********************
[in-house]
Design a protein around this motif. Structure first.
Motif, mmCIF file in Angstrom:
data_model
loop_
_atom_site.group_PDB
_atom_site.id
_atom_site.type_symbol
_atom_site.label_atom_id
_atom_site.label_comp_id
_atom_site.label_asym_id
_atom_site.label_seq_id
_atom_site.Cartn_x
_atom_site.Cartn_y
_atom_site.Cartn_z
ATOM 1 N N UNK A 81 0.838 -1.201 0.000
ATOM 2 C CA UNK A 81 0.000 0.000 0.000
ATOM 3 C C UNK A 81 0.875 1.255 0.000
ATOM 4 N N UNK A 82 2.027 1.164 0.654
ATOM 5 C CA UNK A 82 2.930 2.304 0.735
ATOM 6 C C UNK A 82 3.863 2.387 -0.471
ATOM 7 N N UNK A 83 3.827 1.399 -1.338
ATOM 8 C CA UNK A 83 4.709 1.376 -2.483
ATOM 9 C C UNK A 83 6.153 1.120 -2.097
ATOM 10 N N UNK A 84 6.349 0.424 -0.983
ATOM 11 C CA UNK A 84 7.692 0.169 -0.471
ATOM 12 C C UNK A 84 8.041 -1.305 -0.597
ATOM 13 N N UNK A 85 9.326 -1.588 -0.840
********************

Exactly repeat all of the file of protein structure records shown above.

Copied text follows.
[in-house]
Design a protein around this motif. Structure first.
Motif, mmCIF file in Angstrom:
data_model
loop_
_atom_site.group_PDB
_atom_site.id
_atom_site.type_symbol
_atom_site.label_atom_id
_atom_site.label_comp_id
_atom_site.label_asym_id
_atom_site.label_seq_id
_atom_site.Cartn_x
_atom_site.Cartn_y
_atom_site.Cartn_z
ATOM 1 N N UNK A 81 0.838 -1.201 0.000
ATOM 2 C CA UNK A 81 0.000 0.000 0.000
ATOM 3 C C UNK A 81 0.875 1.255 0.000
ATOM 4 N N UNK A 82 2.027 1.164 0.654
ATOM 5 C CA UNK A 82 2.930 2.304 0.735
ATOM 6 C C UNK A 82 3.863 2.387 -0.471
ATOM 7 N N UNK A 83 3.827 1.399 -1.338
ATOM 8 C CA UNK A 83 4.709 1.376 -2.483
ATOM 9 C C UNK A 83 6.153 1.120 -2.097
ATOM 10 N N UNK A 84 6.349 0.424 -0.983
ATOM 11 C CA UNK A 84 7.692 0.169 -0.471
ATOM 12 C C UNK A 84 8.041 -1.305 -0.597
ATOM 13 N N UNK A 85 9.326 -1.588 -0.840